Malting barley choices get streamlined

Recent decisions on the progress of new varieties by the Maltsters’ Association of Great Britain (MAGB) has helped to streamline winter variety choice for the malting sector, believes Clare Leaman of NIAB TAG.

“Of the four new malting types that were recommended last December, just one has been given the nod,” she points out. “Two other existing choices, which were already in the testing system, have moved on to the next stage.”

As the maltsters can’t support too many varieties in the market at any one time, the loss of three varieties at such an early stage isn’t a problem, she adds. “It sends out a clear signal, both to the seed trade and to growers, about which varieties warrant their further attention.”

A further factor is the Institute of Brewing and Distilling’s decision to restrict the number of winter varieties tested to just two in the future, she adds.

The only newcomer to have been granted provisional approval for brewing is Talisman, she reports. “That’s good news for growers because it is the highest yielding winter malting type, at 102%. It is also early maturing and has good rhynchosporium resistance – both characteristics that are required.”

Also moving through the testing system is SY Venture, which has now been granted full approval for brewing use, and Archer, which moves on to the second year of provisional approval.

Winter barley candidates

Two malting types and five potential feed varieties are waiting in the wings and will be considered for recommendation later this year.

Acute and Fentara are the malting choices, both with a yield of 103%. “Of the two, Acute has slightly better disease resistance, including mosaic virus, but Fentara is slightly earlier to mature,” summarises NIAB’s Clare Leaman.

The feed candidates all have KWS Glacier’s high standard to beat, she notes. “It has really raised the bar. Tetris, which is the highest yielding of the candidates at 107%, also has a 9 rating for rhynchosporium.”

KWS Tower is also worth watching, she believes. “It’s not on the list of candidates, but it will be considered this year. It was previously known as KWS Discovery, but had to be withdrawn due to a distinctness, uniformity and stability (DUS) problem, and it was above KWS Glacier on yield this time last year.”

But all of the candidates need to have a very good year in 2013 to make the Recommended List, she advises.

“SY Venture is bound to take some market share this autumn,” Mrs Leaman predicts. “It has done everything that’s been asked of it so far and it manages to combine high yields with stiff straw.”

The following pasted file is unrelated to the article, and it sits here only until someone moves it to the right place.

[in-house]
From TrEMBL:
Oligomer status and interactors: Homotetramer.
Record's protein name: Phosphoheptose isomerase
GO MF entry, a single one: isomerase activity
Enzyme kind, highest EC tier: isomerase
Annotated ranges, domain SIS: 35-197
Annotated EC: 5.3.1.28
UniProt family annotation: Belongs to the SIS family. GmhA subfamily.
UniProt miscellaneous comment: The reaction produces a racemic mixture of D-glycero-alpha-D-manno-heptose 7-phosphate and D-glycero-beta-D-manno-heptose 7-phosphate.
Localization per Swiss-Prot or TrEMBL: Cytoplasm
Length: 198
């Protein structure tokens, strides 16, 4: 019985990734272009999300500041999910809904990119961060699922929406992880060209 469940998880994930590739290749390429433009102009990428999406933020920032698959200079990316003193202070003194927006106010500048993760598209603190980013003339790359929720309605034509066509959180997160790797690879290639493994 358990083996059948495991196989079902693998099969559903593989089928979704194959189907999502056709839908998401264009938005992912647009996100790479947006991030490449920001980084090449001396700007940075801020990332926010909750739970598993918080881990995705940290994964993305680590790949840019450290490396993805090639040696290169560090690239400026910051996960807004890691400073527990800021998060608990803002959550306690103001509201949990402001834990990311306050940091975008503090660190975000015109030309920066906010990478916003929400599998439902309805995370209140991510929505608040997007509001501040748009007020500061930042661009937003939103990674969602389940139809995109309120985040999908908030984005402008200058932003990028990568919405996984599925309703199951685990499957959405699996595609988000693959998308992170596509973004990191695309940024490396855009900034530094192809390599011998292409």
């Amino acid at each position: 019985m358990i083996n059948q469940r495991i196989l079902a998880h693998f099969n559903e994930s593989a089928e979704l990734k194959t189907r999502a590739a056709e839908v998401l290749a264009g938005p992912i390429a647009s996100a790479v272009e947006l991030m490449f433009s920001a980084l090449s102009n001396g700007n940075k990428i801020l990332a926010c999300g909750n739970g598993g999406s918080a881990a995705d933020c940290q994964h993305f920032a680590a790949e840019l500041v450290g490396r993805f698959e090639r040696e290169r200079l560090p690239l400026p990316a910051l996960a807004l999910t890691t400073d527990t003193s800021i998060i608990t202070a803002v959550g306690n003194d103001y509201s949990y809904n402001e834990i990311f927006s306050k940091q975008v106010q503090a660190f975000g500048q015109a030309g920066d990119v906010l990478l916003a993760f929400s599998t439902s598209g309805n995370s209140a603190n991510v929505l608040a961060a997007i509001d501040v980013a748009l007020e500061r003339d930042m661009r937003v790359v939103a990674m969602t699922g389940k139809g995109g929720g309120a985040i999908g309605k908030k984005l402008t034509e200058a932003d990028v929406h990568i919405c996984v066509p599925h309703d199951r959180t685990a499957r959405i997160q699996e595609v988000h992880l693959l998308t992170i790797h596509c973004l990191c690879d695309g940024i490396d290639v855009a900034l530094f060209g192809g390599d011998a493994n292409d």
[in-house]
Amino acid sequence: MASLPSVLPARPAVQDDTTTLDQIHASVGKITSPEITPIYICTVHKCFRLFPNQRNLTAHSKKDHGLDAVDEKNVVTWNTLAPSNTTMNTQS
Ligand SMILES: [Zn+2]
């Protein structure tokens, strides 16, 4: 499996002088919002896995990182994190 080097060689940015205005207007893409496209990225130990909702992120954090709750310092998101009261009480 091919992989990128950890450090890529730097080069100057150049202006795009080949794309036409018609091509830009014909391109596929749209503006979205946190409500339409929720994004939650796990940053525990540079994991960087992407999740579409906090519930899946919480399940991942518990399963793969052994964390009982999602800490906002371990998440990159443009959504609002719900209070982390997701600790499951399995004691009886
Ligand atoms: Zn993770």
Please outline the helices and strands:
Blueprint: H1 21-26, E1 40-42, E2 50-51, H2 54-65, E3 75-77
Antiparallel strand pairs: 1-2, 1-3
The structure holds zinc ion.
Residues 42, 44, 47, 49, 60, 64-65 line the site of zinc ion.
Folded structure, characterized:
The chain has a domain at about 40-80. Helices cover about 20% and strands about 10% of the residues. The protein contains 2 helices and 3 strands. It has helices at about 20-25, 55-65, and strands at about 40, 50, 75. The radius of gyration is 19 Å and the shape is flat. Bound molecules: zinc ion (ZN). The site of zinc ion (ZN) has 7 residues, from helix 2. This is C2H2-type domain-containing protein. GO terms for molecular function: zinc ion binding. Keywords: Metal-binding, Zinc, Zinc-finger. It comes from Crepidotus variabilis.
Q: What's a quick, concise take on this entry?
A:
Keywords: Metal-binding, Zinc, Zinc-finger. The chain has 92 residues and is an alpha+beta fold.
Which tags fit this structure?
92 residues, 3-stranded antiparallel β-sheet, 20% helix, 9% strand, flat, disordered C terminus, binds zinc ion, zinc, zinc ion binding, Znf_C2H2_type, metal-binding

That’s a view echoed by Jerry Dyson of Molson Coors, who believes SY Venture closes the yield gap between malting and feed varieties, as well as meeting the company’s processing requirements.

“We’ve tested it successfully and it would seem to be a natural progression. Our requirement for winter malting barley is greater than that of other brewers, so it’s good to see this type of new variety coming through.”


In the two-row feed sector, newcomer KWS Glacier is setting a blistering pace, believes Mrs Leaman. “It’s got the lot and has taken yield up to the next level. It’s going to be very difficult for the other new recommendations, Matros and California, to make much of an impression.”

The fact that existing choice KWS Cassia has got around 30% market share is another relevant factor, she notes. “Growers are likely to move from Cassia to Glacier, without the need to try anything else. One in three winter barley fields this year is down to KWS Cassia.”

There aren’t any new six-row feed varieties this year, she points out, but there are changes afoot, following Syngenta’s decision not to put any more of its hybrid barleys through the Recommended List system.

“It’s a great shame. It will become more difficult for growers to see how they fit in.”

Volume, the highest yielding winter barley, is the only hybrid barley that is on the Recommended List, although Bamboo has been described. “And Volume is the obvious choice,” says Mrs Leaman. “Growers have been able to get very good yields from it.”

Low specific weight and perceived volunteer problems are a thing of the past where six-rows are concerned, she comments. “Things have moved on with six-rows. If you haven’t already done so, it could be time to try them.”

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